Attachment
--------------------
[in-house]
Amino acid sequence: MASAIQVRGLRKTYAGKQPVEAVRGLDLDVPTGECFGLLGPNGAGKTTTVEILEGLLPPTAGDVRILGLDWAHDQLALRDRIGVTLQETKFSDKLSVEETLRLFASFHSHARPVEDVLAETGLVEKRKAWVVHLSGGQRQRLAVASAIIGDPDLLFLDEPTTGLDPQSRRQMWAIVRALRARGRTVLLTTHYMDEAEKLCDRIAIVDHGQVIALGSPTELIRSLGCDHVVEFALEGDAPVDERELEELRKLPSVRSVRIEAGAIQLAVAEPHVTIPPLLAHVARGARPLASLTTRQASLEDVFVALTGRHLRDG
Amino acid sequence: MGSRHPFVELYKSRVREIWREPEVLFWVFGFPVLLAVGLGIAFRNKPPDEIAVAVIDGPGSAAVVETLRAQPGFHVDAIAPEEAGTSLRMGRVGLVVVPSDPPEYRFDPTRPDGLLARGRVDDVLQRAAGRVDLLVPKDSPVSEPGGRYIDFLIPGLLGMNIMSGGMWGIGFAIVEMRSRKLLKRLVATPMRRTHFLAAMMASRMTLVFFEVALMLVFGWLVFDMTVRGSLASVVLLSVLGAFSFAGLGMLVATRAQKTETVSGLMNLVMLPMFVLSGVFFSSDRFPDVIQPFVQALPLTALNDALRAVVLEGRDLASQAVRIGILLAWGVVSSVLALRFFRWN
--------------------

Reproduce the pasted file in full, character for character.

[in-house]
Amino acid sequence: MASAIQVRGLRKTYAGKQPVEAVRGLDLDVPTGECFGLLGPNGAGKTTTVEILEGLLPPTAGDVRILGLDWAHDQLALRDRIGVTLQETKFSDKLSVEETLRLFASFHSHARPVEDVLAETGLVEKRKAWVVHLSGGQRQRLAVASAIIGDPDLLFLDEPTTGLDPQSRRQMWAIVRALRARGRTVLLTTHYMDEAEKLCDRIAIVDHGQVIALGSPTELIRSLGCDHVVEFALEGDAPVDERELEELRKLPSVRSVRIEAGAIQLAVAEPHVTIPPLLAHVARGARPLASLTTRQASLEDVFVALTGRHLRDG
Amino acid sequence: MGSRHPFVELYKSRVREIWREPEVLFWVFGFPVLLAVGLGIAFRNKPPDEIAVAVIDGPGSAAVVETLRAQPGFHVDAIAPEEAGTSLRMGRVGLVVVPSDPPEYRFDPTRPDGLLARGRVDDVLQRAAGRVDLLVPKDSPVSEPGGRYIDFLIPGLLGMNIMSGGMWGIGFAIVEMRSRKLLKRLVATPMRRTHFLAAMMASRMTLVFFEVALMLVFGWLVFDMTVRGSLASVVLLSVLGAFSFAGLGMLVATRAQKTETVSGLMNLVMLPMFVLSGVFFSSDRFPDVIQPFVQALPLTALNDALRAVVLEGRDLASQAVRIGILLAWGVVSSVLALRFFRWN